Rock

rock

“Rock” (roca, peñasco, peñón) you may know. I imagine that some Spanish politicians also understand the word “rock”, as they clamour (clamorear) for Spain to take possession of “The Rock of Gibraltar”. However, Great Britain will be “rock solid” in saying “no”.

The purpose here is not to debate Gibraltar as there is little to debate. We are going to examine “rock” as used in idioms (modismos). Here are some interesting uses:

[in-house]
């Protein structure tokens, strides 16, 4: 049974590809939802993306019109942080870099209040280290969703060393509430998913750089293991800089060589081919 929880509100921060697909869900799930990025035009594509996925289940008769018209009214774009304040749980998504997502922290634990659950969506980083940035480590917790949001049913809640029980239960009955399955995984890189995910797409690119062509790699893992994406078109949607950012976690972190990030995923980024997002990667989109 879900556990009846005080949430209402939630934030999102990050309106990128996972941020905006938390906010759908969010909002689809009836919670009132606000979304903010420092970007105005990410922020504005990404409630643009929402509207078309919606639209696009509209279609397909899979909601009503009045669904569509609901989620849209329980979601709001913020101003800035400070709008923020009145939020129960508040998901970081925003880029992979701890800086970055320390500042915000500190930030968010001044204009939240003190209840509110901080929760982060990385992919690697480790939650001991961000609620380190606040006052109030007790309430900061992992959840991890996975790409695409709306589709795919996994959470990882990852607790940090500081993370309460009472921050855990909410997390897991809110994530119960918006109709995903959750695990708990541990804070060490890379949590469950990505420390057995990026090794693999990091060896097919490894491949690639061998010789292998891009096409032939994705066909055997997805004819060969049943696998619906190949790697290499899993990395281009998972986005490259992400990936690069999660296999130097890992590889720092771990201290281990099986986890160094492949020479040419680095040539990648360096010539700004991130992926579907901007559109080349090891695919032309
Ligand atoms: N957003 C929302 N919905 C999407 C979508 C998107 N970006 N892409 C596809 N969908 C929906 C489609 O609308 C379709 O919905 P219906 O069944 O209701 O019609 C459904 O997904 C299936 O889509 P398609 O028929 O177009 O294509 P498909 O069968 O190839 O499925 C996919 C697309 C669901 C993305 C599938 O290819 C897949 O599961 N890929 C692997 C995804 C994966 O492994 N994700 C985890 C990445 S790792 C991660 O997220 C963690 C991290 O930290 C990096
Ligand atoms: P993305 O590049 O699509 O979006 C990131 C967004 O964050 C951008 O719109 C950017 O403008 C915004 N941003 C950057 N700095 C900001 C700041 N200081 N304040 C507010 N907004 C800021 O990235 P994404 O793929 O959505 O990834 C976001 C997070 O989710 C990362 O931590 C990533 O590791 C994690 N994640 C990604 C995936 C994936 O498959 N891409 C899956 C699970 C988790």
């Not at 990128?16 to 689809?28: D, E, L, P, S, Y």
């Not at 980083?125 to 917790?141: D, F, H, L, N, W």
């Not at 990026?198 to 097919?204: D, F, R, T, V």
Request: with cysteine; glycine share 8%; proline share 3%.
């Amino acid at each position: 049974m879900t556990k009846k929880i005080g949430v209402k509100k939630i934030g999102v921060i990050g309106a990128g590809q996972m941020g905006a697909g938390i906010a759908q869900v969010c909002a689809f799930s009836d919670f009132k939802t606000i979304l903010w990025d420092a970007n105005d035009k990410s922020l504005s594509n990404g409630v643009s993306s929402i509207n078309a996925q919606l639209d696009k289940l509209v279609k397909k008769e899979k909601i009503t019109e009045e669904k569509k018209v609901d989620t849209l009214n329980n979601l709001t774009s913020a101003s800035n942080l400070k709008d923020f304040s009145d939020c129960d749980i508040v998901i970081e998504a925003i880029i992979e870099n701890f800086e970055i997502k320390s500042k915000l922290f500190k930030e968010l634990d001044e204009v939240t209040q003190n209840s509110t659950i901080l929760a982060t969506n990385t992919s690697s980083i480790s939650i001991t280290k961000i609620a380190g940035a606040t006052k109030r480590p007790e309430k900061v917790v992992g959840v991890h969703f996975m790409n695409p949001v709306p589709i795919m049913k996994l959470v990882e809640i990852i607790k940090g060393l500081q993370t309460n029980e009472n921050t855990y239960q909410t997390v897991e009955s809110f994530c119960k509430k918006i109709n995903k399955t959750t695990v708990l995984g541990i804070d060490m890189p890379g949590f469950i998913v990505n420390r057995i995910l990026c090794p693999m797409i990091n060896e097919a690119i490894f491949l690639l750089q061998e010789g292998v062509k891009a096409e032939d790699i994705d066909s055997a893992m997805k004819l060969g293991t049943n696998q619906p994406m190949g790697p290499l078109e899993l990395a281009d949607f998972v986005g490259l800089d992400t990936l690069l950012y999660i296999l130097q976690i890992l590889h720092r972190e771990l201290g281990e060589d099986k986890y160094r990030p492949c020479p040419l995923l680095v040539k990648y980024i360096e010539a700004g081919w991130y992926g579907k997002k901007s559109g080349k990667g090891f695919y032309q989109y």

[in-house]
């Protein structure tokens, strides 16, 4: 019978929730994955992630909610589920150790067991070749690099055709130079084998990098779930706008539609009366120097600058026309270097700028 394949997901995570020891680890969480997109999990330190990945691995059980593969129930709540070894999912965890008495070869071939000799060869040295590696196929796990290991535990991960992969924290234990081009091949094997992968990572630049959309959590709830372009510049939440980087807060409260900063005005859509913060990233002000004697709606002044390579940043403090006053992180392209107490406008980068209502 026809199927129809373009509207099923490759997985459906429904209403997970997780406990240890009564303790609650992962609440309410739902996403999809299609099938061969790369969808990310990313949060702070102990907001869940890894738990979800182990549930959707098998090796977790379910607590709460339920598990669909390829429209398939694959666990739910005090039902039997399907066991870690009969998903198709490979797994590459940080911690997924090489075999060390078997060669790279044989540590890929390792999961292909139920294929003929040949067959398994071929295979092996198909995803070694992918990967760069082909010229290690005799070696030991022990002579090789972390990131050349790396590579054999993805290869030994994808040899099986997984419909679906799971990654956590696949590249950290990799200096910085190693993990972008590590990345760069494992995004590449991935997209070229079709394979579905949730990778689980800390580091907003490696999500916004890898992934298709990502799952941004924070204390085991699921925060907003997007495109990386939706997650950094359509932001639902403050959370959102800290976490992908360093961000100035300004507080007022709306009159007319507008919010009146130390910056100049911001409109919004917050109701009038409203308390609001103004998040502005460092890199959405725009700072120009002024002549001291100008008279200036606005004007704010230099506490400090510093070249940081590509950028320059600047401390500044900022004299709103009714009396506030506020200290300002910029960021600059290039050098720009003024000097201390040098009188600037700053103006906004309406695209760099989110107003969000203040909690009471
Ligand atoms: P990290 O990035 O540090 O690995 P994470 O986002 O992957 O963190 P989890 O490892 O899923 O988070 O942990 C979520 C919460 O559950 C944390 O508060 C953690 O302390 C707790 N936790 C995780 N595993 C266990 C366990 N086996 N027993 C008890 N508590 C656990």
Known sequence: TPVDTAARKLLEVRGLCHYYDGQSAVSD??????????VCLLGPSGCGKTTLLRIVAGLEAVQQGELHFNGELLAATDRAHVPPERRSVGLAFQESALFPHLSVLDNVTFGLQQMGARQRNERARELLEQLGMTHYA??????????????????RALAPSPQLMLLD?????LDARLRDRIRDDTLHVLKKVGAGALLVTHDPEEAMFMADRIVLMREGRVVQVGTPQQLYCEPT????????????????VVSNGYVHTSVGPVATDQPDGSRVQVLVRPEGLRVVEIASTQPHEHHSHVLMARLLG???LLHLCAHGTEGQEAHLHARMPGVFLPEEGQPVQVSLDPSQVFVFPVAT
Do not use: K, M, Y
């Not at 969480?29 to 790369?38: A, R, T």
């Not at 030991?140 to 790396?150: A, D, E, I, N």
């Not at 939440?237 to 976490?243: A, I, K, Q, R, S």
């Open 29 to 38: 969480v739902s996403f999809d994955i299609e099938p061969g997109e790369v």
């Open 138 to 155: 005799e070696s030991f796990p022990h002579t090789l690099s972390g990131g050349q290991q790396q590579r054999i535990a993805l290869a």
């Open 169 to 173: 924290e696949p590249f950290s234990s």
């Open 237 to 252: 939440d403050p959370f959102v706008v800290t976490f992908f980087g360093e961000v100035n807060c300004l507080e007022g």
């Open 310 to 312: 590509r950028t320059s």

• Greece is on the rocks (Grecia no tiene un céntimo, o está sin blanca).
  • The British Labour Party is rock bottom in the polls (el partido laborista de Gran Bretaña esta por los suelos en las encuestas).
  • A whisky on the rocks (con hielo) please!
  • The EU is between a rock and a hard place (esta entre la espada y la pared) when it comes to Brexit.
  • The pound was rock solid (permanecía sólida como una roca frente…) against the euro.
  • His business is on the rocks (…anda fatal…).

“Rock” is also a verb, meaning to “rock a child” (acunar), and the audience “rocked with laughter” (el public se río a carcajadas).

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